Drift By Wind

The influence of wind on the occurrence of birds outside their regular range is evident to any bird-watcher. Drift by crosswinds is one of the commonest ways in which migrants turn up as vagrants in places off their normal routes, and often several species from the same region appear simultaneously. Almost every autumn, on days with easterly winds, migrants that would normally pass down the western seaboard of continental Europe turn up on the east side of Britain (Lack 1960a , Evans 1968), and in periods with prolonged easterly winds, migrants that breed as far away as Siberia may appear. In contrast, at times of prolonged westerly winds, vagrants from North America turn up.

In clear weather, drift may not even be noticed, but if the birds meet mist or rain, 'falls' of migrants occur, leading to concentrations in particular localities, especially sea-coasts. In one incident on 11 October 1982, an estimated 15 000 Goldcrests Regulus regulus, 4000 Robins Erithacus rubecula and other birds settled on the Isle of May off eastern Scotland (Zonfrillo 1983). In another incident in

September 1965, an estimated 15 000 Common Redstarts Phoenicurus phoenicu-rus, 8000 Northern Wheatears Oenanthe oenanthe, 4000 Pied Flycatchers Ficedula hypoleuca, 3000 Garden Warblers Sylvia borin and many others suddenly appeared on one 3.2 km stretch of coast in eastern England (Davis 1966). Over a somewhat wider area, at least half a million birds of 78 species were estimated. Many of these birds seemed exhausted, and others were washed up dead on beaches. When the cloud broke and the wind veered, the majority of survivors disappeared, presumably having re-oriented and continued their journeys. Some individuals of these species normally pass over southeast England in migrating from Scandinavia towards Iberia, but in easterly winds the numbers are greatly swollen, and in rain large numbers alight and wait for conditions to improve. This type of weather-induced displacement and fall is likely to affect adults as well as immatures, but not necessarily in similar proportions.

The same occurs under easterly winds in spring, when species that do not breed in Britain, such as Red-spotted Bluethroats Luscinia svecica and Icterine Warblers Hippolais icterina, but which are heading for Scandinavia, may be deflected across the North Sea. Again, large numbers of birds may sometimes be involved, including rarer species with more easterly distributions, such as Red-throated Pipit Anthus cervinus and Rustic Bunting Emberiza rustica. At least one species, the Red-footed Falcon Falco vespertinus, is much commoner as a drift migrant in Britain in spring than in autumn, probably because it is a loop migrant whose spring migration route through Europe lies far to the west of the southward autumn route.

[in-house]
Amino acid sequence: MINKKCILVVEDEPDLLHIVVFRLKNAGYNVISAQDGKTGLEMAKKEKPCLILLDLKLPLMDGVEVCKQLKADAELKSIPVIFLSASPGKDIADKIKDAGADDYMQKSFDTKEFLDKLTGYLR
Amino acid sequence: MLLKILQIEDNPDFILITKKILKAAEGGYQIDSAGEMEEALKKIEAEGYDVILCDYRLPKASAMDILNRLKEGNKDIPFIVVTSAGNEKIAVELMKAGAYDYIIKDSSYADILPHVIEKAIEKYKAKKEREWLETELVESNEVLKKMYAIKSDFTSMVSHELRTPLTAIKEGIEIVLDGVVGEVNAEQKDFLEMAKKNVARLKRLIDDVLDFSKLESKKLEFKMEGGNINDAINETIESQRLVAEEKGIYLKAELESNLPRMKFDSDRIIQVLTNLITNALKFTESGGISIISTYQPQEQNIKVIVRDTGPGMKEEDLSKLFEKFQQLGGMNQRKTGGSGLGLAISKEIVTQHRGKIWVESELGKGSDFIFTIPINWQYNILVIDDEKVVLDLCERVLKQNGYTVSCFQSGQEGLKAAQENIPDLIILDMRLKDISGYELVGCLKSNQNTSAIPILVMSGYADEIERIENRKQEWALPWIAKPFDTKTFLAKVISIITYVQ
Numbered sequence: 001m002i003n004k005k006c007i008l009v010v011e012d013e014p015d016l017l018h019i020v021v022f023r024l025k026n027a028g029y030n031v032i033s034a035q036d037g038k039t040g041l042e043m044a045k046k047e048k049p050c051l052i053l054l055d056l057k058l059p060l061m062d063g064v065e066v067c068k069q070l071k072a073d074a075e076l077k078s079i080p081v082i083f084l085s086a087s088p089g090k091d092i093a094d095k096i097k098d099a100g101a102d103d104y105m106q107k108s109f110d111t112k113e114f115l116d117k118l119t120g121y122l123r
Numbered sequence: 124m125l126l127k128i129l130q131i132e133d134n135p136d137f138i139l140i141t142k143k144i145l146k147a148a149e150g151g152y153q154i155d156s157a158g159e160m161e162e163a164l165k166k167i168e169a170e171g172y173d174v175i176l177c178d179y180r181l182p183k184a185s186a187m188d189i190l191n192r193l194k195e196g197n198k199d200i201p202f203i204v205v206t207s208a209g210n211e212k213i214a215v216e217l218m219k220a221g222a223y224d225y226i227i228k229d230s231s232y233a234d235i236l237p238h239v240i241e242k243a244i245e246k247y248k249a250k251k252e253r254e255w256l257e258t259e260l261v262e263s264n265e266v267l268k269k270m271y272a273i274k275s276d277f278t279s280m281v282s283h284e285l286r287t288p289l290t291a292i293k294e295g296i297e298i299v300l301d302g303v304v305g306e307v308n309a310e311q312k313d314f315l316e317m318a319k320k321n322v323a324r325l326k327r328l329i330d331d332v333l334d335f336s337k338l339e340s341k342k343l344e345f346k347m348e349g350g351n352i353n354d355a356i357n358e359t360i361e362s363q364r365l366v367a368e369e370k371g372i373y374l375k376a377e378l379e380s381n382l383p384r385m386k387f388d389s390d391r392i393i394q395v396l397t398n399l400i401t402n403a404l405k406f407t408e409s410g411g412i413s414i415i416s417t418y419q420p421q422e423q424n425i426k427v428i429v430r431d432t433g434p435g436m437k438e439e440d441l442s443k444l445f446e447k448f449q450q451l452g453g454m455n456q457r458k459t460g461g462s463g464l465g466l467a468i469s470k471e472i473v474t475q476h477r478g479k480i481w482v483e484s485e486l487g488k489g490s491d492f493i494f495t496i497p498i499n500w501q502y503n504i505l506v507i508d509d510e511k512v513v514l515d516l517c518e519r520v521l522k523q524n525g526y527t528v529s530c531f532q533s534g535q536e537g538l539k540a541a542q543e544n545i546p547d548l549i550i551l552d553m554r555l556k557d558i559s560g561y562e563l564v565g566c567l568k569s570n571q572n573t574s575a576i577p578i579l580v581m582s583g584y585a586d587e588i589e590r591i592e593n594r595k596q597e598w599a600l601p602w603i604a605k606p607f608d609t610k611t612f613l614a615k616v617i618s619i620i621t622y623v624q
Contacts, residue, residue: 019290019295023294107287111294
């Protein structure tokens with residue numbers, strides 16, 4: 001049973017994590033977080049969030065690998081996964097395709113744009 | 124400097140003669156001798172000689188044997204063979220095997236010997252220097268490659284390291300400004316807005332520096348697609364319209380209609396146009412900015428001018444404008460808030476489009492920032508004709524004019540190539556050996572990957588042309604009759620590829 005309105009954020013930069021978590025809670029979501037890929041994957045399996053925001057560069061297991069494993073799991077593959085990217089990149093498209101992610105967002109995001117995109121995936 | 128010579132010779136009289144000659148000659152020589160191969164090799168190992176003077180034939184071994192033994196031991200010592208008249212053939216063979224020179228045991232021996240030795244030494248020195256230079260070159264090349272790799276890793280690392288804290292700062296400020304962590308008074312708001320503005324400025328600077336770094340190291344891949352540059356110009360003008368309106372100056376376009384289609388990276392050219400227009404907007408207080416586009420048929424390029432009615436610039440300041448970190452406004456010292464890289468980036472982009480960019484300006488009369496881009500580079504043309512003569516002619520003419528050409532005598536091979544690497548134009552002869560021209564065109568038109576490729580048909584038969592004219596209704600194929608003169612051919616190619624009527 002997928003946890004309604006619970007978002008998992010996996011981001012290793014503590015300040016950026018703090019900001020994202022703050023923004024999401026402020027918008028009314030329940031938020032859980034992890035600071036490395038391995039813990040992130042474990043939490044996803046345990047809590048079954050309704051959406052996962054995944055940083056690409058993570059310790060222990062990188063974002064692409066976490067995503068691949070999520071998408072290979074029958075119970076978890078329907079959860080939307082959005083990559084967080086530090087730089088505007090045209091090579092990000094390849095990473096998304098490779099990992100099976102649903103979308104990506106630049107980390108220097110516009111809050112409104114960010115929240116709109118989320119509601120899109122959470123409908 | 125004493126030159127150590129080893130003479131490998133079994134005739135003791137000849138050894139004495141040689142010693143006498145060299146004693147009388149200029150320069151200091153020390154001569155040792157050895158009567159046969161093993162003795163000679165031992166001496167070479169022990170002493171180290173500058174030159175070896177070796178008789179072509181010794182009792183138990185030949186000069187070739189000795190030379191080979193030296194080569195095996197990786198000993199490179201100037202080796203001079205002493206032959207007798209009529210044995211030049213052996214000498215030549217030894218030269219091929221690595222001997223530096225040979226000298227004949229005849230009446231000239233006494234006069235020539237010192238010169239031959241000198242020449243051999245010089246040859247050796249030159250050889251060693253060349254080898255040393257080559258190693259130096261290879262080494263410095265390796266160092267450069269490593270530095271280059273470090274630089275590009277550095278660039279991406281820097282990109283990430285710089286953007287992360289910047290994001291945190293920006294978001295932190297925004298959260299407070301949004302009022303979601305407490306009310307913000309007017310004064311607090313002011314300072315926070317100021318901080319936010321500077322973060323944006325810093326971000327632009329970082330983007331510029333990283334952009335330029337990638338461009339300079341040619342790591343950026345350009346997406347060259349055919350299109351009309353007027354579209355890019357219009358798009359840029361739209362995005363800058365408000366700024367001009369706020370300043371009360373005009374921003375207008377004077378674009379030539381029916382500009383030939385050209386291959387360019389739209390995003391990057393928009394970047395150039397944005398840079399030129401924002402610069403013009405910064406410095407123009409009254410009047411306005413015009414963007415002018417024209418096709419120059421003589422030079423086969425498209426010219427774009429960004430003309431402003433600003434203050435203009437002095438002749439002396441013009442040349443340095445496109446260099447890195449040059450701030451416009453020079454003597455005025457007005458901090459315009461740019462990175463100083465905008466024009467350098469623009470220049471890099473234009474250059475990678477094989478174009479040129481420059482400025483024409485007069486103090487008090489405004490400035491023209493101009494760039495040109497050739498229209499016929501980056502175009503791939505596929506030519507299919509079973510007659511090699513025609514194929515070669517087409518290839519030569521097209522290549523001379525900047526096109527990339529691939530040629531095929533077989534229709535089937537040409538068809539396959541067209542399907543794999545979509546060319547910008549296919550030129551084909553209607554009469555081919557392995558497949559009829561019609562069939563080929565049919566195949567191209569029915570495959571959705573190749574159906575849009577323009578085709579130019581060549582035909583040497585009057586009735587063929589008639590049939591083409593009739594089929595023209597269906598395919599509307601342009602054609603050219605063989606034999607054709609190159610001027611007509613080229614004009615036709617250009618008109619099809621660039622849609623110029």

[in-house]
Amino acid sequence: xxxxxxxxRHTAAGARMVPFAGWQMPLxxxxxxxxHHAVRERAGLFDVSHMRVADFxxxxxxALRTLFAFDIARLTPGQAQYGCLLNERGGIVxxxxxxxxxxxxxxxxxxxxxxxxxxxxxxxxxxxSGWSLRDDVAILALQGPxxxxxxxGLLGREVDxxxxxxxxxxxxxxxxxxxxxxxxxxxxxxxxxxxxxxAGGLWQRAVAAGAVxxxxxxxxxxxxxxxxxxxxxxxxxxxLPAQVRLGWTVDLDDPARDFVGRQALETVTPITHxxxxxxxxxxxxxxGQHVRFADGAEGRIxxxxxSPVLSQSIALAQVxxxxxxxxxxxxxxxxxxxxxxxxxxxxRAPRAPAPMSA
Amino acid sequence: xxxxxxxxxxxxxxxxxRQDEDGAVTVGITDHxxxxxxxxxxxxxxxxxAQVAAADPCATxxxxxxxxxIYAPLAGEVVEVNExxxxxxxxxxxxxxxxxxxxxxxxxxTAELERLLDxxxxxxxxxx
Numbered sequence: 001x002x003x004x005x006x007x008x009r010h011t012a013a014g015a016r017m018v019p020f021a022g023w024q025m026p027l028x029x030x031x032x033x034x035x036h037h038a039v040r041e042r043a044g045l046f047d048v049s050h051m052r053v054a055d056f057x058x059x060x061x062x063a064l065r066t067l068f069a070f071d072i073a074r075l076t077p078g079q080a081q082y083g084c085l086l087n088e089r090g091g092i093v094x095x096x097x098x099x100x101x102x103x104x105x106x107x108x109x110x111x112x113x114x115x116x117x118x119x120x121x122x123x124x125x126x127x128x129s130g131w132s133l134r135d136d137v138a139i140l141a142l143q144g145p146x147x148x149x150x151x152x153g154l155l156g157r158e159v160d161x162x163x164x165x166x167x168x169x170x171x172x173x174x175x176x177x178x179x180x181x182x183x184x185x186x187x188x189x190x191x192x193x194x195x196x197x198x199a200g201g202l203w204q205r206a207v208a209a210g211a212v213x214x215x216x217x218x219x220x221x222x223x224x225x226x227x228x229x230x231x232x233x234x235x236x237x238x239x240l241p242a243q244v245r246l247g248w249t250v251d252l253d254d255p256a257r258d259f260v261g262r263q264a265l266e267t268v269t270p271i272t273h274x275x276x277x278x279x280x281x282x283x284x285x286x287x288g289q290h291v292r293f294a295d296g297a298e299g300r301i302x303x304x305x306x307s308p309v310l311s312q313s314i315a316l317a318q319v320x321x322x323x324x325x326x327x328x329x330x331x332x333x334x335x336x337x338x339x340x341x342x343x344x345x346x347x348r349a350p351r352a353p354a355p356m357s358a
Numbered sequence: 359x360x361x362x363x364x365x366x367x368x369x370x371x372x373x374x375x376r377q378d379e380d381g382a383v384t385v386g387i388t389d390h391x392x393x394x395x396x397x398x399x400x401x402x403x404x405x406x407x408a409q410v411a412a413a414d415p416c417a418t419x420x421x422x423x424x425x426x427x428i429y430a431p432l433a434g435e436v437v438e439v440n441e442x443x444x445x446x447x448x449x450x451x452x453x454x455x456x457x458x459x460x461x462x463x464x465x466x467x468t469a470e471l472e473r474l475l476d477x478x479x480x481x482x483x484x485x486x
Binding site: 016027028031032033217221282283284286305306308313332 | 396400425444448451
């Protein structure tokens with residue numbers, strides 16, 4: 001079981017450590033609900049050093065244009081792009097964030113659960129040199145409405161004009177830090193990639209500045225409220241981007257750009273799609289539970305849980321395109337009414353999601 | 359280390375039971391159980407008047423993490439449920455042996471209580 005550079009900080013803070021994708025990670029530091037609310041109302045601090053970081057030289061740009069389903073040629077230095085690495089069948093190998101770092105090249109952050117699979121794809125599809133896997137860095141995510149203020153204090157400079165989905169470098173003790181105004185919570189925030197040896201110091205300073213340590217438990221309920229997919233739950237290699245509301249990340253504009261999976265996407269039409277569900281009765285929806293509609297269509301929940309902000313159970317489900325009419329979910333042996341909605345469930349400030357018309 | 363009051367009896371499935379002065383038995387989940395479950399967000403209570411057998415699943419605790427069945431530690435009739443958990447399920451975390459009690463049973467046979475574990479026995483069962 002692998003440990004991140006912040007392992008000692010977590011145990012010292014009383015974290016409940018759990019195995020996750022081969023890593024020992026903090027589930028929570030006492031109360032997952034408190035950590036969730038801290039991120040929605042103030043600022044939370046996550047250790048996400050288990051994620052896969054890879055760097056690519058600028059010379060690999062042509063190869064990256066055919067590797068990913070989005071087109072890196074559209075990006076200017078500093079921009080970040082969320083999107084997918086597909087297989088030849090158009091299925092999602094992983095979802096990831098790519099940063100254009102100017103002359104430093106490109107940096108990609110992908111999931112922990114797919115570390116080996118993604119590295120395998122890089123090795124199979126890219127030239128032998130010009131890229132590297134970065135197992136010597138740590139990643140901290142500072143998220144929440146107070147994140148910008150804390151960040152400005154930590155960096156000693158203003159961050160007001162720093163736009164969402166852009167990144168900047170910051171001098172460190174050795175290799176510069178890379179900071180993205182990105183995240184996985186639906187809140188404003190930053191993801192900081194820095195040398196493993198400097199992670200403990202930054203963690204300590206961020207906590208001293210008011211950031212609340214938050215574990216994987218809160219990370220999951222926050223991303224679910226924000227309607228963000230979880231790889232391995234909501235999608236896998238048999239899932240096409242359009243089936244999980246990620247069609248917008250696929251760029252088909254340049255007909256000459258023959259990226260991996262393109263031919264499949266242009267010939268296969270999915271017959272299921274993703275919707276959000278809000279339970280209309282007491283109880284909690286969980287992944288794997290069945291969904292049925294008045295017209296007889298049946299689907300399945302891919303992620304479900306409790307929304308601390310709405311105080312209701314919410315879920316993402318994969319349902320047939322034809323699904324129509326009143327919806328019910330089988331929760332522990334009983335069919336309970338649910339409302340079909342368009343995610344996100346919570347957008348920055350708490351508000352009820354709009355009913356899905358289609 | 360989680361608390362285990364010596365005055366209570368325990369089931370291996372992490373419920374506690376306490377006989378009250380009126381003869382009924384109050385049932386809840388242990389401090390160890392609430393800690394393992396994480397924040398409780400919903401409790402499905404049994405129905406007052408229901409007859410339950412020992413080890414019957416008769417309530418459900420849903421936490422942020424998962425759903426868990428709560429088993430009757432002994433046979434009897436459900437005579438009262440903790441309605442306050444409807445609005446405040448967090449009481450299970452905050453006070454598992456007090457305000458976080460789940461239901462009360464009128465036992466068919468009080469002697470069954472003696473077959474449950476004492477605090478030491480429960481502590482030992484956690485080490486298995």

Arrivals of vagrants from more distant areas are likewise correlated with particular weather systems (Elkins 2005). For example, the appearance of Siberian birds in western Europe is associated with the occurrence of prolonged fine anticyclonic weather with easterly winds over the western half of Eurasia in September. The numbers of Siberian species seen in Britain thus vary greatly from year to year, with unusually large numbers in the autumns of 1975, 1982, 1992 and 2003 (Baker 1977, Howey & Bell 1985, Elkins 2005). In contrast, the appearance of North American birds in western Europe follows prolonged westerly gales at mid-latitudes. Westerly jet stream winds over the Atlantic can reach speeds of 250 km per hour, potentially bringing migrants over 5000 km from Canada to Britain in less than 24 hours. Almost all the North American vagrants that have appeared naturally in Europe are long-distance migrants which carry substantial body fat, as are the European species that have appeared in North America.

Again, the numbers of transatlantic migrants recorded in Britain vary greatly from year to year, depending on weather conditions, with unusually large numbers recorded in 1976, 1982, 1985 and 1995. They include passerines, shorebirds and waterfowl, as well as gulls and terns, with more than 60 species in total having been recorded (Table 10.2). The most frequent passerines include Gray-cheeked Thrush Catharus minimus, Blackpoll Warbler Dendroica striata, Red-eyed Vireo Vireo olivaceus and Rose-breasted Grosbeak Pheucticus ludovicianus, and the most frequent shorebirds are the Pectoral Sandpiper Calidris melanotus and White-rumped Sandpiper C. fuscicollis. Most of these species have a strong westeast component in the initial part of their autumn migration. Some of the North American wader species that occasionally cross the Atlantic (such as Pectoral Sandpiper Calidris melanotos and Baird's Sandpiper Calidris bairdii) breed in the

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